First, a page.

U.S. District Judge Allison D. Burroughs had given Harvard an across-the-board victory in the ruling made public Oct. 1, ending the first phase of a closely watched affirmative-action case that could be headed for the Supreme Court. Students for Fair Admissions filed a notice of appeal Oct. 4. Now, the plaintiff is arguing in a 64-page brief that the judge’s ruling was flawed and that the evidence shows Asian Americans suffer a penalty when Harvard reviews their applications for undergraduate admission.
“Harvard today engages in the same kind of discrimination and stereotyping that it used to justify quotas on Jewish applicants in the 1920s and 1930s,” the plaintiff argued in the brief. “The district court’s decision to accept Harvard’s self-serving testimony over this mountain of evidence was reversible error.”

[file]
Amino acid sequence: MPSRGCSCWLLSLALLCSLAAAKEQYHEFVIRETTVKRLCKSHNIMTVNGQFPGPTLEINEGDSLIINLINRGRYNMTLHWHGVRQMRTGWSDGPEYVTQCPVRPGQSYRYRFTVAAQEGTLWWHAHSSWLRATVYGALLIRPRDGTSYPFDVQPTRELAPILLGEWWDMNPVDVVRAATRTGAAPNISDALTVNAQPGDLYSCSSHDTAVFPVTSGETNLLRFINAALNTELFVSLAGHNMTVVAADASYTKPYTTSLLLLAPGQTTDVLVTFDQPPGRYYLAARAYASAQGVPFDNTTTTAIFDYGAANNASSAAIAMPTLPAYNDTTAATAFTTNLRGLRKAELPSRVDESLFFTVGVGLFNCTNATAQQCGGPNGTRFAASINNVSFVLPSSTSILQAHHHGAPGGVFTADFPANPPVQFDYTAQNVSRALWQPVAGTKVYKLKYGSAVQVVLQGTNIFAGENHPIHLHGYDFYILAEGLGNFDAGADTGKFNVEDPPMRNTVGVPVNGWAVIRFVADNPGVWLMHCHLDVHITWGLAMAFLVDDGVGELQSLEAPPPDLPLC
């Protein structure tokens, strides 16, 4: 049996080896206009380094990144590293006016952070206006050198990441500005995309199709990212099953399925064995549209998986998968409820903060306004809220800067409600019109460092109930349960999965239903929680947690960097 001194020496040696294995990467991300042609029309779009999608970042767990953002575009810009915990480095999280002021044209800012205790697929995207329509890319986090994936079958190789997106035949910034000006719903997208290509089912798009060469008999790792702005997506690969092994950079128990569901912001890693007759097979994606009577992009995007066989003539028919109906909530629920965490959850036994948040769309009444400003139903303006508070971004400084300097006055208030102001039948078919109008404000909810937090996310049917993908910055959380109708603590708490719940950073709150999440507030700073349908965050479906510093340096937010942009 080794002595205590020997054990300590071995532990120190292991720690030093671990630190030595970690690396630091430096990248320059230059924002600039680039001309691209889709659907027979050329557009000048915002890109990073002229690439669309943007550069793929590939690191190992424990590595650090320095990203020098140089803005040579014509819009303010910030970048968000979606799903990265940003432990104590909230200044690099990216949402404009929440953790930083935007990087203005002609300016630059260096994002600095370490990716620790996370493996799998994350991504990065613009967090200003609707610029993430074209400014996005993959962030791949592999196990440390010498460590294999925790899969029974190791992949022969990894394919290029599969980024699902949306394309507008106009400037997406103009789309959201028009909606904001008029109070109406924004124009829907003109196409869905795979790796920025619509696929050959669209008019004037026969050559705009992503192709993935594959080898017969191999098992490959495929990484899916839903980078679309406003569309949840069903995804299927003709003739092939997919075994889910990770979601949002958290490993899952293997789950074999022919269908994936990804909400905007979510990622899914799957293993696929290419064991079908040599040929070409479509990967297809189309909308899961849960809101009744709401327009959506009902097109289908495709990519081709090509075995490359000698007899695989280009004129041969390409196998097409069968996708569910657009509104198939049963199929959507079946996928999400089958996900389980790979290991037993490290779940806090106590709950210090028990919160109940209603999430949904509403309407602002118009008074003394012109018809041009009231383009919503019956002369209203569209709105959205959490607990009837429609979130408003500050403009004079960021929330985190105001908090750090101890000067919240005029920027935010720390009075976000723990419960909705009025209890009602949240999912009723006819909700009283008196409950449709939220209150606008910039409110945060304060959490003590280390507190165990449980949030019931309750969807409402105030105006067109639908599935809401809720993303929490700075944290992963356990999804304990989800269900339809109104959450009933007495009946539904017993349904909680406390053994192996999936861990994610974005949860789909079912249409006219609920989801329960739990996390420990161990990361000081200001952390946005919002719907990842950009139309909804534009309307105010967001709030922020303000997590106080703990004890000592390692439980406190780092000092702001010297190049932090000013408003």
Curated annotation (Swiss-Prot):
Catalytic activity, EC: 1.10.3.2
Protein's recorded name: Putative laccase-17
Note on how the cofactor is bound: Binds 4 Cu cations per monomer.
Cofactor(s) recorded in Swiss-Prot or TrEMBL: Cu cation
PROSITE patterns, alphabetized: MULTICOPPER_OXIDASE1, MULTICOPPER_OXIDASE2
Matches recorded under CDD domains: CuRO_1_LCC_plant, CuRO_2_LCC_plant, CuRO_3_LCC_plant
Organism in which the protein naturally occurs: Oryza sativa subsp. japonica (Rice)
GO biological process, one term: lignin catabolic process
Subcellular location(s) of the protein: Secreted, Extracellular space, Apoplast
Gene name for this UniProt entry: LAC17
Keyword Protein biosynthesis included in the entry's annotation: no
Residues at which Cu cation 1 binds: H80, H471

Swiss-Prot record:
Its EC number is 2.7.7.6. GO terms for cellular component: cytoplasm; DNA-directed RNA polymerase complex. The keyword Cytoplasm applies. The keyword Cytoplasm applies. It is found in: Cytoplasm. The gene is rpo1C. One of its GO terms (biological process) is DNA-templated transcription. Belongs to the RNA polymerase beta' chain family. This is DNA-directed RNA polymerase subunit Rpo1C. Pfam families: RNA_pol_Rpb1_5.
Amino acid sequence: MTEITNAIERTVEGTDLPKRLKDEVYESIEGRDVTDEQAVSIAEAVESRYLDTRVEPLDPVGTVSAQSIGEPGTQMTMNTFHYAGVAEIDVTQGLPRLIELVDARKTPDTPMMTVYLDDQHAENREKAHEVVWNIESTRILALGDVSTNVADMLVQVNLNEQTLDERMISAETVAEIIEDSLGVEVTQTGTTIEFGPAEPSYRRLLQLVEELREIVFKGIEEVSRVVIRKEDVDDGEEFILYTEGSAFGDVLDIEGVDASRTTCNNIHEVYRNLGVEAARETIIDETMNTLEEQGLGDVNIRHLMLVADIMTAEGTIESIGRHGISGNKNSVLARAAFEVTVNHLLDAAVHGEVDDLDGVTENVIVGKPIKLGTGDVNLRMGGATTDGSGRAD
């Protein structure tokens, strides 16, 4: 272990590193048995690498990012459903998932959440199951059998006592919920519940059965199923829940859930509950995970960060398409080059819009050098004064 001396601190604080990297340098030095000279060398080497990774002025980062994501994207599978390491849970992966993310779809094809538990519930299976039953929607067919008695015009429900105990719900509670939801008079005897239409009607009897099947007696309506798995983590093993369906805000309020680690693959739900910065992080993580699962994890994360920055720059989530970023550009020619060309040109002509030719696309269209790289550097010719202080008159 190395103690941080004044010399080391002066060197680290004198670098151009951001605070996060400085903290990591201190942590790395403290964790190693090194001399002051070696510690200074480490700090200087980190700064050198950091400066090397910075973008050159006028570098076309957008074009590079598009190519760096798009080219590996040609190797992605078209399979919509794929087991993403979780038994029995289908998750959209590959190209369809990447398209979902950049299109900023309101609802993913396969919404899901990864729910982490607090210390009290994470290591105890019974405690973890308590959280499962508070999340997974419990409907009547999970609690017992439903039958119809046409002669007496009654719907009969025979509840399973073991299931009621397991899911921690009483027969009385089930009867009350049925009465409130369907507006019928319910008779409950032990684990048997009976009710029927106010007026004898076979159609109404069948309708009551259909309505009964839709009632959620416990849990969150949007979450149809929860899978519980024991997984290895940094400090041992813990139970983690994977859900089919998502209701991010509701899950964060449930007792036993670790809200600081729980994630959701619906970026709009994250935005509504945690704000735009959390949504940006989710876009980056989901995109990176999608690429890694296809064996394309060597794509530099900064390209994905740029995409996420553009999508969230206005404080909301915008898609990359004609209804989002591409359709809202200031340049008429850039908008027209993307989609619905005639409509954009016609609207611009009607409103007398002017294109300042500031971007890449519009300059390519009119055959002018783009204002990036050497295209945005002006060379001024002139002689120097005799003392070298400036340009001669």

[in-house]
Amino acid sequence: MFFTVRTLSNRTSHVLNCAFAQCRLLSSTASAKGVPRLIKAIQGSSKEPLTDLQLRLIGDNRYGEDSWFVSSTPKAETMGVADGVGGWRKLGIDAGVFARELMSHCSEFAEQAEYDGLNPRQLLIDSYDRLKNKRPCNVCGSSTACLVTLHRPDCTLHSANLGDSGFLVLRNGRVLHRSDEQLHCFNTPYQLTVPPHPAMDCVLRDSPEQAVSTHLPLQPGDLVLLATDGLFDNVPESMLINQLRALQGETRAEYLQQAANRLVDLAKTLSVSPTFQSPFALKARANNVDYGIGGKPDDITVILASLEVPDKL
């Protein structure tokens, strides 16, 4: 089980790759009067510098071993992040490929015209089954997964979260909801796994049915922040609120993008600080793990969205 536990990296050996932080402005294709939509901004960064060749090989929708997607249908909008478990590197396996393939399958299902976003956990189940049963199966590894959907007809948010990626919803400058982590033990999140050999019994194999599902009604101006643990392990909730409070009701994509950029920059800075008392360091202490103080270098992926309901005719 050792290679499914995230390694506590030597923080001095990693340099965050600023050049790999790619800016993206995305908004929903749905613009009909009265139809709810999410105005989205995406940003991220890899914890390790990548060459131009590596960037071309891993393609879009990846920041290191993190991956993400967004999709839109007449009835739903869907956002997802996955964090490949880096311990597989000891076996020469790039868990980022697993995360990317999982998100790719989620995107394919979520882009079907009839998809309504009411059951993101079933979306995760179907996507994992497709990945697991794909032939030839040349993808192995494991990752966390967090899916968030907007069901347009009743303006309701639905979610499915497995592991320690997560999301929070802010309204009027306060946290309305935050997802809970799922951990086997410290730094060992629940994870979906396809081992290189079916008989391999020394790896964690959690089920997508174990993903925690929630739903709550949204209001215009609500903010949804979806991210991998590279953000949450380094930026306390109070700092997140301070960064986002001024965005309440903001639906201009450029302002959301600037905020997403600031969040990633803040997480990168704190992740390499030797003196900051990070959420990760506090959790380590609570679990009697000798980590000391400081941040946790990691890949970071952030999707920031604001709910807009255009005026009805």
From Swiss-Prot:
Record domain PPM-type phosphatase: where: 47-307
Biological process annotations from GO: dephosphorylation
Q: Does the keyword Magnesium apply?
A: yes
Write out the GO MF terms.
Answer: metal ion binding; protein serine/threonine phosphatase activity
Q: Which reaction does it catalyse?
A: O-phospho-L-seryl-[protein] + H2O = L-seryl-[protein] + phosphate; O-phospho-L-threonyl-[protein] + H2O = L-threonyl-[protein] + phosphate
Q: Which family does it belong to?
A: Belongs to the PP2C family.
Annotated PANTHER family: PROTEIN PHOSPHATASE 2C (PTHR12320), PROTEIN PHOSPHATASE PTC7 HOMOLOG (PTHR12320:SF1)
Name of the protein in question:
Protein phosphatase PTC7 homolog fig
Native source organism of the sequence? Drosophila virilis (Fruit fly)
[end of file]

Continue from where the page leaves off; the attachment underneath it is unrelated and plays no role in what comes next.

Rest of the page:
The plaintiff also contends that Harvard engages in unlawful racial balancing of its classes, that it gives race too much weight in admissions and that it ignores workable alternatives that do not rely on race or ethnicity.
Harvard, which denies all of those allegations, pledged Tuesday to respond in court.
“We will vigorously defend the Court’s decision, which makes clear that Harvard does not discriminate on the basis of race in its admissions process, and that Harvard’s pursuit of a diverse student body is central to its educational mission and consistent with long-standing Supreme Court precedent,” the university said in a statement. “Today’s filing by Students for Fair Admissions further exposes their ultimate goal of removing the consideration of race in college and university admissions.”